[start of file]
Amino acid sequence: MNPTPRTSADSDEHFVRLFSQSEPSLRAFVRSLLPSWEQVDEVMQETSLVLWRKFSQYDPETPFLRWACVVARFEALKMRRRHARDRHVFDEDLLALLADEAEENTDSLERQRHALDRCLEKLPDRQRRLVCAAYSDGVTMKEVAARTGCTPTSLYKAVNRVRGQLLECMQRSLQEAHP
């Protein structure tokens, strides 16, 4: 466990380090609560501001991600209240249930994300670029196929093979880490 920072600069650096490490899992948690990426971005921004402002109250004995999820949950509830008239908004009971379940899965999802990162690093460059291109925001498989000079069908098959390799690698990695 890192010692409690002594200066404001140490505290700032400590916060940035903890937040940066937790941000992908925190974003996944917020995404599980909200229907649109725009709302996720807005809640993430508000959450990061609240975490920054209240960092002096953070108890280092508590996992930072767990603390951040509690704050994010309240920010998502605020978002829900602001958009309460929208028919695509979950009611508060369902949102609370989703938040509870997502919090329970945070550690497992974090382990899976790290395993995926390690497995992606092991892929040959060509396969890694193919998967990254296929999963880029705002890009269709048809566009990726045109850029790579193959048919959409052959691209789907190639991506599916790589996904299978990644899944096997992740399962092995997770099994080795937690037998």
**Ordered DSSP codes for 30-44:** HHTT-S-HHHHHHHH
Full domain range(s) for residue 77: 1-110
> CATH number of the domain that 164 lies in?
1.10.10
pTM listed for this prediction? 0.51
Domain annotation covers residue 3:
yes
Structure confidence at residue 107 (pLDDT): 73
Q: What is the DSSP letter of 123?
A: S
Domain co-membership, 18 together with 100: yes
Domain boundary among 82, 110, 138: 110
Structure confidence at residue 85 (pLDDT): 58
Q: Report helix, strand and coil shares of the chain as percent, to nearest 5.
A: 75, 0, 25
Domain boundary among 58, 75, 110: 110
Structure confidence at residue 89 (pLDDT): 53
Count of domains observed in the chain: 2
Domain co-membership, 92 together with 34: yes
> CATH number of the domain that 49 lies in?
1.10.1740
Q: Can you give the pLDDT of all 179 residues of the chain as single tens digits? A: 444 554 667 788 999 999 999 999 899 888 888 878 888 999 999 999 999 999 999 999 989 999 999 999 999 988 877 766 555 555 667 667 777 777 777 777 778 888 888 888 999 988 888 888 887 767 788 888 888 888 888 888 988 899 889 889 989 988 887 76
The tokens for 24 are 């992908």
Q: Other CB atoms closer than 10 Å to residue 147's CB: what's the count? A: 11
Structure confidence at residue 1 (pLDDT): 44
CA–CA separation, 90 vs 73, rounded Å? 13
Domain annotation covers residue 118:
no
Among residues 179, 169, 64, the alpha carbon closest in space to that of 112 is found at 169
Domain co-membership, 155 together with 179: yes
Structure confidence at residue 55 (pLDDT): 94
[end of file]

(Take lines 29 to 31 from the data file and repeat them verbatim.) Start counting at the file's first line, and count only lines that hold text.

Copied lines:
Domain annotation covers residue 118:
no
Among residues 179, 169, 64, the alpha carbon closest in space to that of 112 is found at 169